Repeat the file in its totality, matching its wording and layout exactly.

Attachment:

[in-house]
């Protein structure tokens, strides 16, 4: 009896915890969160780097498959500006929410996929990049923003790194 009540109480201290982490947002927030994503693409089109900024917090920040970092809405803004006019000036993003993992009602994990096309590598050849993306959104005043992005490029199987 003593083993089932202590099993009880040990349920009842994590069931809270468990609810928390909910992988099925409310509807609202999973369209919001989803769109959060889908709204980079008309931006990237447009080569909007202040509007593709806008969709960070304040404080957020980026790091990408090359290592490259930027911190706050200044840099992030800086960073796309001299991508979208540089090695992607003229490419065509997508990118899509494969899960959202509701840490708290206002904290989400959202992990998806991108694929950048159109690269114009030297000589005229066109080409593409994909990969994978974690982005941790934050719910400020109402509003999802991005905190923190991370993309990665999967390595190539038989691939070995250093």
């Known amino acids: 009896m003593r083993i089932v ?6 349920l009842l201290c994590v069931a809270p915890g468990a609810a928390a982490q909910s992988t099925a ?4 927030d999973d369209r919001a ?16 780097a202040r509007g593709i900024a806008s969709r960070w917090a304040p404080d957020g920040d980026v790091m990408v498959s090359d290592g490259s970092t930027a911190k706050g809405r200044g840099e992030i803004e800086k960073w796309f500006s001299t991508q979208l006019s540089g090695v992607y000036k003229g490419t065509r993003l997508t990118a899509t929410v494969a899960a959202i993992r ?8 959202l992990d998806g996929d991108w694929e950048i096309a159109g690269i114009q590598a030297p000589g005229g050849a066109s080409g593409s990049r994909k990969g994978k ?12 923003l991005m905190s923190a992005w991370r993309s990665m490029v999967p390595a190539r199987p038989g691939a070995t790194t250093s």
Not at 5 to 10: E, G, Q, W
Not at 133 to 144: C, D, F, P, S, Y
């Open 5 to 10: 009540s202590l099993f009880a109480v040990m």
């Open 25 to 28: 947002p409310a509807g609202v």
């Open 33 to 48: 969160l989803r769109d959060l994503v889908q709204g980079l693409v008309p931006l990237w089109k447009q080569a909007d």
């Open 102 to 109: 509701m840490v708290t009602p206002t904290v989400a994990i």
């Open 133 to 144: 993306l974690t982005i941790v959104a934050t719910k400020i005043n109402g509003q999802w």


[in-house]
């Protein structure tokens, strides 16, 4: 009896915890969160780097498959500006929410996929990049923003790194 009540109480201290982490947002927030994503693409089109900024917090920040970092809405803004006019000036993003993992009602994990096309590598050849993306959104005043992005490029199987 003593083993089932202590099993009880040990349920009842994590069931809270468990609810928390909910992988099925409310509807609202999973369209919001989803769109959060889908709204980079008309931006990237447009080569909007202040509007593709806008969709960070304040404080957020980026790091990408090359290592490259930027911190706050200044840099992030800086960073796309001299991508979208540089090695992607003229490419065509997508990118899509494969899960959202509701840490708290206002904290989400959202992990998806991108694929950048159109690269114009030297000589005229066109080409593409994909990969994978974690982005941790934050719910400020109402509003999802991005905190923190991370993309990665999967390595190539038989691939070995250093």
């Known amino acids: 009896m003593r083993i089932v ?6 349920l009842l201290c994590v069931a809270p915890g468990a609810a928390a982490q909910s992988t099925a ?4 927030d999973d369209r919001a ?16 780097a202040r509007g593709i900024a806008s969709r960070w917090a304040p404080d957020g920040d980026v790091m990408v498959s090359d290592g490259s970092t930027a911190k706050g809405r200044g840099e992030i803004e800086k960073w796309f500006s001299t991508q979208l006019s540089g090695v992607y000036k003229g490419t065509r993003l997508t990118a899509t929410v494969a899960a959202i993992r ?8 959202l992990d998806g996929d991108w694929e950048i096309a159109g690269i114009q590598a030297p000589g005229g050849a066109s080409g593409s990049r994909k990969g994978k ?12 923003l991005m905190s923190a992005w991370r993309s990665m490029v999967p390595a190539r199987p038989g691939a070995t790194t250093s």
Not at 5 to 10: E, G, Q, W
Not at 133 to 144: C, D, F, P, S, Y
């Open 5 to 10: 009540s202590l099993f009880a109480v040990m």
């Open 25 to 28: 947002p409310a509807g609202v």
């Open 33 to 48: 969160l989803r769109d959060l994503v889908q709204g980079l693409v008309p931006l990237w089109k447009q080569a909007d």
């Open 102 to 109: 509701m840490v708290t009602p206002t904290v989400a994990i």
């Open 133 to 144: 993306l974690t982005i941790v959104a934050t719910k400020i005043n109402g509003q999802w």